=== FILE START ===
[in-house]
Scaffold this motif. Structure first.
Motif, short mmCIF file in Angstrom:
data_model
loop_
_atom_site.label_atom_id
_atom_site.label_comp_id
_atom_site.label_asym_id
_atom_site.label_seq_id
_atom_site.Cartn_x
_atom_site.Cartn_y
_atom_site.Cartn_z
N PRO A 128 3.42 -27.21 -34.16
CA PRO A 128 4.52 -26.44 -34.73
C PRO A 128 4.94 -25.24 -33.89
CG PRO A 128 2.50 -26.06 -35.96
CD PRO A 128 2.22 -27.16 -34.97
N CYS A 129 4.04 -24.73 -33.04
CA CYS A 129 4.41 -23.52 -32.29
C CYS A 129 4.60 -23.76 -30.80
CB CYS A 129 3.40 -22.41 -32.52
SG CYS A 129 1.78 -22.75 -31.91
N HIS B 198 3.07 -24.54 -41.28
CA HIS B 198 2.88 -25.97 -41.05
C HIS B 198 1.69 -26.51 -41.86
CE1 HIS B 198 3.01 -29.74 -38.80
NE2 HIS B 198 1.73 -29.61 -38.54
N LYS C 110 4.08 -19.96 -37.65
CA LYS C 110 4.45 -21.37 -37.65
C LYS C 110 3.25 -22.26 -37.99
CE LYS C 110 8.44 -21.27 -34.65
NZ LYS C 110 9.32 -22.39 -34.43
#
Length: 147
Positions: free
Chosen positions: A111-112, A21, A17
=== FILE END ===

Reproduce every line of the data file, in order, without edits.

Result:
[in-house]
Scaffold this motif. Structure first.
Motif, short mmCIF file in Angstrom:
data_model
loop_
_atom_site.label_atom_id
_atom_site.label_comp_id
_atom_site.label_asym_id
_atom_site.label_seq_id
_atom_site.Cartn_x
_atom_site.Cartn_y
_atom_site.Cartn_z
N PRO A 128 3.42 -27.21 -34.16
CA PRO A 128 4.52 -26.44 -34.73
C PRO A 128 4.94 -25.24 -33.89
CG PRO A 128 2.50 -26.06 -35.96
CD PRO A 128 2.22 -27.16 -34.97
N CYS A 129 4.04 -24.73 -33.04
CA CYS A 129 4.41 -23.52 -32.29
C CYS A 129 4.60 -23.76 -30.80
CB CYS A 129 3.40 -22.41 -32.52
SG CYS A 129 1.78 -22.75 -31.91
N HIS B 198 3.07 -24.54 -41.28
CA HIS B 198 2.88 -25.97 -41.05
C HIS B 198 1.69 -26.51 -41.86
CE1 HIS B 198 3.01 -29.74 -38.80
NE2 HIS B 198 1.73 -29.61 -38.54
N LYS C 110 4.08 -19.96 -37.65
CA LYS C 110 4.45 -21.37 -37.65
C LYS C 110 3.25 -22.26 -37.99
CE LYS C 110 8.44 -21.27 -34.65
NZ LYS C 110 9.32 -22.39 -34.43
#
Length: 147
Positions: free
Chosen positions: A111-112, A21, A17